The American coffee chain Starbucks announced this week that it did not fund Israel in an attempt to ward off calls for a boycott of its business. In a statement posted on its website, the company clarified that neither the chain, nor its Jewish CEO Howard Schultz, ever transferred funds to Israel or the Israeli Defense Forces. The statement also mentioned the fact that Starbucks closed its branches in Israel in 2003, due to what it termed "on-going operational challenges."
In its website Starbucks posted a Q&A page dubbed "Facts about Starbucks in the Middle East," in which to the question "Is it true that Starbucks or Howard Schultz provides financial support to Israel?" the company wrote the unequivocal answer "No. This is absolutely untrue." Adding that "Rumors that Starbucks or Howard provides financial support to the Israeli government and/or the Israeli Army are unequivocally false."
On the same page the company said "Starbucks has been and remains a non-political organization." Starbucks spokesman Jim Olson told CNN that the same is true as regards to Schultz. He also said that, Starbucks decision to leave Israel "was not related to political issues." And that the company may decide to do business in Israel again in the future.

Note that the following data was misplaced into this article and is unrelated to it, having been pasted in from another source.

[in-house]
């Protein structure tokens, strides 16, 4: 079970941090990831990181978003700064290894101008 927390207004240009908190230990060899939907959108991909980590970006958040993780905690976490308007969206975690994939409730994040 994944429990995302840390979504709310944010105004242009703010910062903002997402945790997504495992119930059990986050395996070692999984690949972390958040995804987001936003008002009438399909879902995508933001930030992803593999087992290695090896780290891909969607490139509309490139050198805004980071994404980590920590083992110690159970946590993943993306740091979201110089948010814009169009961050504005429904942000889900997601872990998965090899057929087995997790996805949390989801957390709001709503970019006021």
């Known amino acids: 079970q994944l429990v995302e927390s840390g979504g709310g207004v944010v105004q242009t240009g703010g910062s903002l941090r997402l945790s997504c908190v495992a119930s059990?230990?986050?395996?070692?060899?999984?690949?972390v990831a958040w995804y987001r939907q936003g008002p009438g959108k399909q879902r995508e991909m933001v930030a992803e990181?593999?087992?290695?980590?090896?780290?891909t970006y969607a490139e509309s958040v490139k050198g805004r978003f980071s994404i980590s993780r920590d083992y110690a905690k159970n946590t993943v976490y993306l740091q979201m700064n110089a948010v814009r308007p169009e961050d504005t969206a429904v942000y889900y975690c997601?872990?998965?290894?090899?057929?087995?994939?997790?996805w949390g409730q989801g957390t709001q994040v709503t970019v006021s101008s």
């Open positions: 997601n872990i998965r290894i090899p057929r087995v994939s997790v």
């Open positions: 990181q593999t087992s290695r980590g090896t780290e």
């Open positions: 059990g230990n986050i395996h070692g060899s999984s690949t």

Starbucks issued the statement in response to a call to boycott the company due to its support of "the occupation of Palestine." The call to boycott has been circulating on the smartphone application Buycott, which enables its users to publicize calls for boycott. 240 thousand users have joined the call to boycott Starbucks over its alleged support for Israel. Olson did not directly mention the app but mentioned an "uptick in false rumors out there about Starbucks and the Middle East."
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